WARSAW, Poland -- Beat it, Beckham.
That was essentially the message given to former England captain David Beckham, who was told he failed to make the British soccer team for the London Olympics -- the very games he helped secure for his country.
One of the most recognizable sportsmen in the world, Beckham seemed a certainty after making the 35-man shortlist but was informed by coach Stuart Pearce on Wednesday night that he had not made the final squad. There are only three places allowed for players over the age of 23.
"Everyone knows how much playing for my country has always meant to me, so I would have been honored to have been part of this unique Team GB squad," the 37-year-old Beckham said in a statement Thursday. "Naturally I am very disappointed, but there will be no bigger supporter of the team than me. And like everyone, I will be hoping they can win the gold."
London organizing chairman Sebastian Coe praised Beckham's commitment to London since it won the bid in 2005 and indicated there could still be a role for him at the Olympics, though not in a sporting capacity.
"David has been an extraordinary supporter, probably our No. 1 supporter, of the games from the very beginning and is keen to continue his enthusiastic support right to the end," Coe said.
"He really gets this. He is from east London and knows how important the games and sport are to young people. He is a great role model and we are lucky to have such an advocate. I will be talking to him about a games-time role."
British bookmaker Ladbrokes slashed the odds on Beckham being given the honor of lighting the Olympic flame at the July 27 opening ceremony, making him 5-1. Five-time rowing gold medalist Steve Redgrave is the 1-2 favorite.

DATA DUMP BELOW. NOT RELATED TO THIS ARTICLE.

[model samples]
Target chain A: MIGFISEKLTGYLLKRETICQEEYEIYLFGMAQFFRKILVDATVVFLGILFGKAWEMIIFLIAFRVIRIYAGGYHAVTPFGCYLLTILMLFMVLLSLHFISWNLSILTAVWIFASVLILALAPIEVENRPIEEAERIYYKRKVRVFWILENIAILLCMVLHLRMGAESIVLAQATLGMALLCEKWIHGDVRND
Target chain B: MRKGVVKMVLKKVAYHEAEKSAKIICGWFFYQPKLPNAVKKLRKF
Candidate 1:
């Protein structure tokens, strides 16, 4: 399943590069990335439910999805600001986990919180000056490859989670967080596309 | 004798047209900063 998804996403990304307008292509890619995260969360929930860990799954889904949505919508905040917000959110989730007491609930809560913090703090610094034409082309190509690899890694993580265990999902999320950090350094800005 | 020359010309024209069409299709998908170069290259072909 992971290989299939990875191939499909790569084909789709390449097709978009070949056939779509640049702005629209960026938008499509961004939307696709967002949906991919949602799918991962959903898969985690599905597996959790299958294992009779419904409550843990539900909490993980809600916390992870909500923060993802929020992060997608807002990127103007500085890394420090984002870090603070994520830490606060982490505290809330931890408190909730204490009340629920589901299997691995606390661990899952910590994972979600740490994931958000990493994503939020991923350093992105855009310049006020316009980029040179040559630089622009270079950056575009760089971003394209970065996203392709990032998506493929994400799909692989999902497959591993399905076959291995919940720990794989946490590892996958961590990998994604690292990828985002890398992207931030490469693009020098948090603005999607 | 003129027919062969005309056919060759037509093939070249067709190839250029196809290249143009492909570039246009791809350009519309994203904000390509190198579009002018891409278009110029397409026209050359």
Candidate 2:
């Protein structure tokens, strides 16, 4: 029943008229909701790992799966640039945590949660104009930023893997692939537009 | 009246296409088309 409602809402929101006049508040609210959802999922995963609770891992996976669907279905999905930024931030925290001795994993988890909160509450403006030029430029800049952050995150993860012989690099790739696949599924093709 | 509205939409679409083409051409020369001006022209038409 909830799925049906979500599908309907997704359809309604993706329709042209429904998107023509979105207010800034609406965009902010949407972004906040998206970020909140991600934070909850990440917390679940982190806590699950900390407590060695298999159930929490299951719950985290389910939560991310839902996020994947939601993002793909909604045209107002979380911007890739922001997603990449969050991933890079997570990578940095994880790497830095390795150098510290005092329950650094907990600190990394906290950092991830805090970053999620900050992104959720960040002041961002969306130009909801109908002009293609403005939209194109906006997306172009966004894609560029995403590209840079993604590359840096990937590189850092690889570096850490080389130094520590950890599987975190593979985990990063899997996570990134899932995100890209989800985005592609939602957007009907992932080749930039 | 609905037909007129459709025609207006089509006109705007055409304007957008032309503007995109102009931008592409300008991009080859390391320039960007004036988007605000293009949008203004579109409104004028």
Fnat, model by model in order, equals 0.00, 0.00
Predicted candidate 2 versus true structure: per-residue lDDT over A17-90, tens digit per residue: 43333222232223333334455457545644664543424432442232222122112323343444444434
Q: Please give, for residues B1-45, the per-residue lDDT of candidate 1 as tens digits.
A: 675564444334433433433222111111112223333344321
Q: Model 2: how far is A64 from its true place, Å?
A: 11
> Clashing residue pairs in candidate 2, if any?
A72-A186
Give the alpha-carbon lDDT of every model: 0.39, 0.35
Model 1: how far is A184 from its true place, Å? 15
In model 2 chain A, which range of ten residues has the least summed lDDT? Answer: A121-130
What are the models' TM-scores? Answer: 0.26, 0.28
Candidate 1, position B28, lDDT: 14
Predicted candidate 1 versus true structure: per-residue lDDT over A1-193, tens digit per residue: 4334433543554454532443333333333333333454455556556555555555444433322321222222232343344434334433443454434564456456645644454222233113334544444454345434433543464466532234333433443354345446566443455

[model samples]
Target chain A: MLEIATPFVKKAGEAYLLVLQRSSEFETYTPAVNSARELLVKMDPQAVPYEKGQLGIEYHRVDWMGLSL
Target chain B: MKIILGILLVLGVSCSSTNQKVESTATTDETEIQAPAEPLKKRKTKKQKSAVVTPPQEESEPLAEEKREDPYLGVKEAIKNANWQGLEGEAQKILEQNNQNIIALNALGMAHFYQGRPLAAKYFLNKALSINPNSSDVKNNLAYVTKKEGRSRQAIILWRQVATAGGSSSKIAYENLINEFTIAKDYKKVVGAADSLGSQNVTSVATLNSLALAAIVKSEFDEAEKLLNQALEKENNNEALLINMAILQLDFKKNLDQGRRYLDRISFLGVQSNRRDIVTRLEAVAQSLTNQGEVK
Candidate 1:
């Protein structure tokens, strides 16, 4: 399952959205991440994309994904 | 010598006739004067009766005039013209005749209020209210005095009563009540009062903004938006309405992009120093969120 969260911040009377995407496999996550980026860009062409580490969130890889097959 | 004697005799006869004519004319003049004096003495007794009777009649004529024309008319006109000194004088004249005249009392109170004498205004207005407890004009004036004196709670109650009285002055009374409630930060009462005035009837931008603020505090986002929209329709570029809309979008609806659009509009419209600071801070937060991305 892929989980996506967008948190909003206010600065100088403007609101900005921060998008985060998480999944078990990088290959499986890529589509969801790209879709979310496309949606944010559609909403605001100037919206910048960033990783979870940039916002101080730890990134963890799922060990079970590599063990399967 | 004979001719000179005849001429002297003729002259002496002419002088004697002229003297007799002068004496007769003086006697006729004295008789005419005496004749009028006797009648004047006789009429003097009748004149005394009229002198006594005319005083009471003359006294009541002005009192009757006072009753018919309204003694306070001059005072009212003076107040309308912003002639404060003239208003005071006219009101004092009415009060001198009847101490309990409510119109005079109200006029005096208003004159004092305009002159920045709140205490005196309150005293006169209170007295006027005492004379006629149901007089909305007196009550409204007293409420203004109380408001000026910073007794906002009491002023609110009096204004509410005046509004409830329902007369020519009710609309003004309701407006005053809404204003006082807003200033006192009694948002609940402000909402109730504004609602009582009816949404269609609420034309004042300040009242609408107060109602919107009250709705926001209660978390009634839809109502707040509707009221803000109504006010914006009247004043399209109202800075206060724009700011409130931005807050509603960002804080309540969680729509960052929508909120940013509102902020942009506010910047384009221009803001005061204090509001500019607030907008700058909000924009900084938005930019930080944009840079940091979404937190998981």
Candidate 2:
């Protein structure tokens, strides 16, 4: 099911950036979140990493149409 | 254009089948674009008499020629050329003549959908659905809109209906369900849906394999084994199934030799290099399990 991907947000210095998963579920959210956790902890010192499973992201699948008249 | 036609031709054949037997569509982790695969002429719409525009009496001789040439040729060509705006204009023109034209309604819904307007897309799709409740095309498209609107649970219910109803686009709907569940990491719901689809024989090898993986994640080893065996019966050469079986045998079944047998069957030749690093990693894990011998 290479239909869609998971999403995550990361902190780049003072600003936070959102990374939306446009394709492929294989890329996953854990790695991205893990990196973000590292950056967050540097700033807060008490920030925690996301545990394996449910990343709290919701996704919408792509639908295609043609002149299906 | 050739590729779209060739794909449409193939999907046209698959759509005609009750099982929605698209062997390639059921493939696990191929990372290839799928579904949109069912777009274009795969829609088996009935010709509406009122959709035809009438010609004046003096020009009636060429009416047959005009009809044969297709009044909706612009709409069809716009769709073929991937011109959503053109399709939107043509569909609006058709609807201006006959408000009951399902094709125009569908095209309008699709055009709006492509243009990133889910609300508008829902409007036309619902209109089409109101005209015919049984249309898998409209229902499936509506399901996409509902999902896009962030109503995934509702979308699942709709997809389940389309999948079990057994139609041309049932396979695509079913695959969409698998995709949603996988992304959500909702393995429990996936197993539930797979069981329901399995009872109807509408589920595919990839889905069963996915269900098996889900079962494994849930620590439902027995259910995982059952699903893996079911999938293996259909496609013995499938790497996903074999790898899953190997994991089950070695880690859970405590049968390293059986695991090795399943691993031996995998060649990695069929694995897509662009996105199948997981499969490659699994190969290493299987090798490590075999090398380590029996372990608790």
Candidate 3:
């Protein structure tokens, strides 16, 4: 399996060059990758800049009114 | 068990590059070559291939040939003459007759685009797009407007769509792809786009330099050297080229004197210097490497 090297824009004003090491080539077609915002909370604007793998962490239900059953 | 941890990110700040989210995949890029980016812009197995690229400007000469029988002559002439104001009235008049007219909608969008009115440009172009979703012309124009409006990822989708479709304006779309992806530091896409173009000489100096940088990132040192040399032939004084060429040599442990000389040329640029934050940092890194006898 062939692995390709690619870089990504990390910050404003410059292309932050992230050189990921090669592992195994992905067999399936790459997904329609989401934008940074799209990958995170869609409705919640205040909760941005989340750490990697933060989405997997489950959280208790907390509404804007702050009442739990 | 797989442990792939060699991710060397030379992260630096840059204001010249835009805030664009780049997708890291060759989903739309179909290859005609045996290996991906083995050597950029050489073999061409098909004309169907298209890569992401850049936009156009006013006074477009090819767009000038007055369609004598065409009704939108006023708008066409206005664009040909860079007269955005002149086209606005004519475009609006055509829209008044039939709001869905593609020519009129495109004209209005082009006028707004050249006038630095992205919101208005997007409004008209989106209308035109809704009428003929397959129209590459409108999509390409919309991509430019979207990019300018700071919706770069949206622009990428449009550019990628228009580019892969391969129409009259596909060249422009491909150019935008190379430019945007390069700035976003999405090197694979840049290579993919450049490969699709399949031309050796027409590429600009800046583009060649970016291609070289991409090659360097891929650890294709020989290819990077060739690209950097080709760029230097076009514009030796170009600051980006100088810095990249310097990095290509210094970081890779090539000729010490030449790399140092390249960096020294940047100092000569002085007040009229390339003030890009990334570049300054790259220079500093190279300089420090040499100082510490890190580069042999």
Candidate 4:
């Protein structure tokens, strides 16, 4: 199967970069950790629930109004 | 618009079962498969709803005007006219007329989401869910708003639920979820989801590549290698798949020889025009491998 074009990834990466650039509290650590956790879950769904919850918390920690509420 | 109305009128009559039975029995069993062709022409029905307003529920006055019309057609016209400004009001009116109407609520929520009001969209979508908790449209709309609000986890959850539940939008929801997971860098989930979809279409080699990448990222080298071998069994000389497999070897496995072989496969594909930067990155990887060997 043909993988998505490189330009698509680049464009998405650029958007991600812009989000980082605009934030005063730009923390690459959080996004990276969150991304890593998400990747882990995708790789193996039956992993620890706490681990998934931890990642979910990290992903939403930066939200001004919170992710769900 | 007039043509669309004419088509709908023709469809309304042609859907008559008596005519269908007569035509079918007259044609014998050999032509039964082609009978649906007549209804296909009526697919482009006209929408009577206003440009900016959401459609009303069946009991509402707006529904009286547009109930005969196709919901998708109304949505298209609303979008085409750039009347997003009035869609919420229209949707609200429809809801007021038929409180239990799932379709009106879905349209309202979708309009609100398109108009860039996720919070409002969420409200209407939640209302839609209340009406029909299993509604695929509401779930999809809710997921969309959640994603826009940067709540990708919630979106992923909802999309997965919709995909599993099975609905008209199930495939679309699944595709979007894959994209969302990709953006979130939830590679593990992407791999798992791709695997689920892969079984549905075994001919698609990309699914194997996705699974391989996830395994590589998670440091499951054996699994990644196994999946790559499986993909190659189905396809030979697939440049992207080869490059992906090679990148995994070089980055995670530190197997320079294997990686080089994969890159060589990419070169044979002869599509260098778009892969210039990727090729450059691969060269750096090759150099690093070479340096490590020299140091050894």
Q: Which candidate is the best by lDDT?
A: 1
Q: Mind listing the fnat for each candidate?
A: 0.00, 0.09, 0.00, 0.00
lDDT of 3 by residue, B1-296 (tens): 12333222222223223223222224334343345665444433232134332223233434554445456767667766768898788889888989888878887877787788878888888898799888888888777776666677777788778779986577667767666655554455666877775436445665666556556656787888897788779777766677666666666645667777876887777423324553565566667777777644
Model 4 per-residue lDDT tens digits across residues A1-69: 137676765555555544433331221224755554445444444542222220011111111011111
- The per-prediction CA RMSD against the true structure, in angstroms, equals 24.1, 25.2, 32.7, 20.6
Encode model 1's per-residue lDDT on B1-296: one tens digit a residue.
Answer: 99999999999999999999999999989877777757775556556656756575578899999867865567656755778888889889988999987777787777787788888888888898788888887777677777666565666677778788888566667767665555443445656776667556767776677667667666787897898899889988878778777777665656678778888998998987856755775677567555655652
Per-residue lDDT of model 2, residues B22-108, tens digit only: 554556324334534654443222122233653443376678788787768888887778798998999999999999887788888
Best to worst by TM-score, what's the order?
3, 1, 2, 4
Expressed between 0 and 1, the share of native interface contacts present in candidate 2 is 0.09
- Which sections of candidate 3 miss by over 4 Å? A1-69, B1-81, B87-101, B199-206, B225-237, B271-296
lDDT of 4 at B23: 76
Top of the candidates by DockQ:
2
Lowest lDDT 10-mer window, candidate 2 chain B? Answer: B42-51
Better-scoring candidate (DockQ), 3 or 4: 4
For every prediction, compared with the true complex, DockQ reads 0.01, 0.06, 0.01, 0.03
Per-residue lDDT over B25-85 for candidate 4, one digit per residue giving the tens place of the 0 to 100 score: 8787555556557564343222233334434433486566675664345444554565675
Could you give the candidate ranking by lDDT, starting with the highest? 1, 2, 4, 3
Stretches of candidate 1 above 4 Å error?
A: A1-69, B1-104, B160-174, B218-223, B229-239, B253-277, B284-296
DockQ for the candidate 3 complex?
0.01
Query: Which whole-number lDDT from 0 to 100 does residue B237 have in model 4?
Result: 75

For his part, Beckham has so far only said he hopes to attend the Olympics and support the 550-strong British team.
"As a Londoner, I will have been really proud to have played a small part in bringing the Olympics to my home town as part of Seb's team, and I can't wait for the games to begin and enjoy every moment along with the rest of Great Britain," Beckham said.
The British Olympic Association said it had not yet been informed by the English Football Association, which is running the team, that Beckham had been snubbed by Pearce. The coach was in the United States to assess Beckham's form and fitness as a Major League Soccer midfielder for the Los Angeles Galaxy.
"We are expecting the list no later than the early part of next week," the BOA said in a statement.
The decision by Pearce almost certainly spells the end of Beckham's career representing his country, having made 115 England appearances -- a record for an outfield player -- with the last coming in 2009.
It also denies Beckham a chance to be reunited with his former Manchester United teammate Ryan Giggs on the international stage when Britain fields its first Olympic football team since 1960.
Giggs, fellow Welshman Craig Bellamy and English defender Micah Richards will be the overage players on the squad, a person familiar with the situation said. He spoke on condition of anonymity because team details haven't been released.
It appears Beckham lost his place to the 24-year-old Richards, who plays for Manchester City and will provide extra defensive cover after missing out on England's European Championship squad.
The 32-year-old Bellamy is a forward at Liverpool who, like Giggs and Richards, has never appeared at a major international football tournament.
Britain plays its opening match against Senegal at Old Trafford on July 26, faces the United Arab Emirates three days later at Wembley and Uruguay on Aug. 1 at the Millennium Stadium.
Britain has not fielded an Olympic soccer team since 1960 because Scotland, Wales and Northern Ireland feared losing their independence within FIFA. The world body has assured the federations that their status won't be affected by participating in the 16-team competition at the London Games.